A Journal Of The Dark Arts
and i will remember.”
We want to remember. We don’t want to forget.
It can be difficult to say where one is unless one knows where one has been. It can be difficult to know where you are going, unless you know where you are.
If we were an army, and if we believed that we were an army
And we believed that everyone was scared like little lost children in their grown up clothes and poses
So we ended up alone here floating through long wasted days, or great tribulations.
While everything felt wrong
Good words, strong words, words that could’ve moved mountains
Words that no one ever said
We were all waiting to hear those words and no one ever said them
And the tactics never hatched
And the plans were never mapped
And we all learned not to believe
And strange lonesome monsters loafed through the hills wondering why
And it is best to never ever ever ever ever ever ever ever ever ever wonder why
So tangle – oh tangle us up in bright red ribbons!
Let’s have a parade
It’s been so long since we had a parade, so let’s have a parade!
Let’s invite all our friends
And all our friends’ friends!
Let’s promenade down the boulevards with terrific pride and light in our eyes
Twelve feet tall and staggering
Sick with joy with the angels there and light in our eyes
Brothers and sisters, hope still waits in the wings like a bitter spinster
Impatient, lonely and shivering, waiting to build her glorious fires
It’s because of our plans man
a silver mt. zion, built then burnt (hurrah! hurrah!)
It seems so long since indie rock (read: guitar-centric rock ‘n roll, not on Warner Bros., Sony, EMI, or BMG) . It seemed the scene could only spit out derivatives and clones, rehashing proven formulas. For me, most of the innovations in modern music have been coming from the electronic underground, although there have been a number of notable guitar-based records this year (Low, Yo La Tengo, Deafheaven, more that we will expound upon at a future time and place). It gets us excited! It gets us salivating! In a passionate fervor, we dig out moldering boxes of digitized plastic, and set to reminiscing.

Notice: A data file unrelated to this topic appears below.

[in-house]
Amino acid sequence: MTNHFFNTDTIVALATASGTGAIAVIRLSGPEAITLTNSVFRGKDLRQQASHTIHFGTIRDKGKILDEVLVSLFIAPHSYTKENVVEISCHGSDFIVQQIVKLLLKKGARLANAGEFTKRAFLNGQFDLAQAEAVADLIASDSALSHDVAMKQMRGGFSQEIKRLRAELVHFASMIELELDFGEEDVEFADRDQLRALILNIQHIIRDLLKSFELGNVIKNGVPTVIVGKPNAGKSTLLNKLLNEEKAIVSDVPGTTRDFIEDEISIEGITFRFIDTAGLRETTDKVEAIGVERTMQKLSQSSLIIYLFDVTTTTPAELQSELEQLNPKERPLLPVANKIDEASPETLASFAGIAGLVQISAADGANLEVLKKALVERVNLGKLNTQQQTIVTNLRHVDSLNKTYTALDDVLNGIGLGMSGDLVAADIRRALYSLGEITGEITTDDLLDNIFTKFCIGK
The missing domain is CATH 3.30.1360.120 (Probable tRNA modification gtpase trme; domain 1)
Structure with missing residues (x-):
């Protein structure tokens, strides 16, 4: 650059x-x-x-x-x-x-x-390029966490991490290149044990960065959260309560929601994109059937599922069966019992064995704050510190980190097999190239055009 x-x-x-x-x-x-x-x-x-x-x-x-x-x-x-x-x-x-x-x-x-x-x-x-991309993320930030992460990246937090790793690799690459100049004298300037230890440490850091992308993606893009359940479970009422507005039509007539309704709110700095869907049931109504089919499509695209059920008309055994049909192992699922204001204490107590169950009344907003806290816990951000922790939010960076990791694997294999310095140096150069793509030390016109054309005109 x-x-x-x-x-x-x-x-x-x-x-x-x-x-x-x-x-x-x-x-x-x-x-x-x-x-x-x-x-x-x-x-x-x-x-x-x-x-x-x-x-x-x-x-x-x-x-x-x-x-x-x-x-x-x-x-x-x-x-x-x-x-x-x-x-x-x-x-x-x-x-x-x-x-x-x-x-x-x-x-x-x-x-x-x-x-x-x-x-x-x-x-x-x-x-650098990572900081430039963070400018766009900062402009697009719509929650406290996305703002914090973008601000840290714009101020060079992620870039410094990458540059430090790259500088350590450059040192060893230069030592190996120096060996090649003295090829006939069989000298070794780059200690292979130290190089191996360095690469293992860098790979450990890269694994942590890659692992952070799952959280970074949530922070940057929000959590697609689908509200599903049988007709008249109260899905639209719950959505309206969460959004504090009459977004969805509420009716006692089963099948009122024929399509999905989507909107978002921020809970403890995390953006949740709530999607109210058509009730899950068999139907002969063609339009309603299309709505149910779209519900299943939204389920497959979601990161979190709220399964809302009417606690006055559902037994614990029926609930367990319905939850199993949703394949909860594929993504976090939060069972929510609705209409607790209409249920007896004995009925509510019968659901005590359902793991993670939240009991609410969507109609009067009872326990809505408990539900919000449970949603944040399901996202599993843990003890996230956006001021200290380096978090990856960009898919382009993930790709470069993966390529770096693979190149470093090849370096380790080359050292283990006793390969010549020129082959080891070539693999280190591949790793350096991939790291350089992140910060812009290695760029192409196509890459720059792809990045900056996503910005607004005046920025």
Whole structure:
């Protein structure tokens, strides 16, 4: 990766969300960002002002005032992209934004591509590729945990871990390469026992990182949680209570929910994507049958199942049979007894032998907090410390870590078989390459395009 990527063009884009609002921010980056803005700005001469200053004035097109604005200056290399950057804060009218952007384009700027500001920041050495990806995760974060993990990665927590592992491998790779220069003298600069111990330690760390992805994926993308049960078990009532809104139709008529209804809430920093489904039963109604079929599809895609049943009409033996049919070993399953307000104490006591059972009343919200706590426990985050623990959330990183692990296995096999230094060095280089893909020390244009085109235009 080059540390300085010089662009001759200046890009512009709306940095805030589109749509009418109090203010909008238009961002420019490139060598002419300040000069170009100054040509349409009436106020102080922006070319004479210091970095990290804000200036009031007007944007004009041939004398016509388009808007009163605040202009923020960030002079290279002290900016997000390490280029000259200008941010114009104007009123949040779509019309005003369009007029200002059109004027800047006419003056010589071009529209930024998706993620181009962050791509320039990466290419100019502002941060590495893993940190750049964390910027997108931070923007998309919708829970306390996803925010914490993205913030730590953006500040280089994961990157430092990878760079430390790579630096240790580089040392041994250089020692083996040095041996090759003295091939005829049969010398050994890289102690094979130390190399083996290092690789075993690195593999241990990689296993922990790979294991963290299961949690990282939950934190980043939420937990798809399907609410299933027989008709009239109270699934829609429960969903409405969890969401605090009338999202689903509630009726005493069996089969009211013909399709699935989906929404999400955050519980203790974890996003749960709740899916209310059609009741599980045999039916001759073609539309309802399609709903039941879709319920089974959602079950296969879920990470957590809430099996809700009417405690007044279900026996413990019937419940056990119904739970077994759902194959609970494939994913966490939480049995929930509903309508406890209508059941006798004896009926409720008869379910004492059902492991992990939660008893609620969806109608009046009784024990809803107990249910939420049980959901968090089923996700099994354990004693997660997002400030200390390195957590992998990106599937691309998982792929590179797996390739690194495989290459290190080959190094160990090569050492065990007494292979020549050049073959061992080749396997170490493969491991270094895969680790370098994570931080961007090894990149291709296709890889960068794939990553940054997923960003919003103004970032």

Only paying attention to the brightest shiniest toy (which would mean only listening to trap remixes of top 40 hits, undoubtedly) does a great disservice to the music that we have loved, that has already impacted us and helped shape who we would become.
I truly loved a lot of the indie rock of the 2000s. By 2006, i had quit drinking and moved to Colorado, gotten my hands on a shitty laptop with a wireless PCI adapter, and started this adventure of writing about music in earnest. For once, it seemed that i was watching something as it happened, during the goldrush of pirate music blogs, when everybody was hearing everything, sharing everything, talking about it all. It was like a universal language, even if everybody had fragmented and particular tastes. We were all working towards a common goal: knowledge and appreciation.
Due to the ephemeral nature of data downloads, daily posts, and a truly staggering amount of information, it was easy to forget bands, even if you legitimately loved them. There was something noble yet almost humiliating at the same time, as a horde of indie barbarians in ratty sweaters competed for yr time, yr love and support. Bands continued on, in near anonymity, and those that continued for love of music, with something genuine and personal to say, kept on keeping on, and many became quite good indeed, against such fierce competition.
I remember liking The Dodos, although i cannot hum you one of their songs off of their previous 4 records (although i plan on remedying this, as soon as i finish typing this). This is true of much of the recorded output i digested in the 2000s. Listening to Carrier is like observing the last 8 years of indie rock, suspended in amber, all the better to take a closer look.
While it is ultimately futile to try and create generalized generational statements, as we have exploded into postmodern scintillations, and there is no ‘Sgt. Pepper’s’ heard ’round the world in this day and age, there do seem to be trends and broader movements, that speaks volumes about where we are as artists and HUMANS.
The prevailing (sonic) themes on The Dodo’s new album would be:
1. Tribal drums.
2. Intricate, layered guitars.
3. Lush vocal harmonies.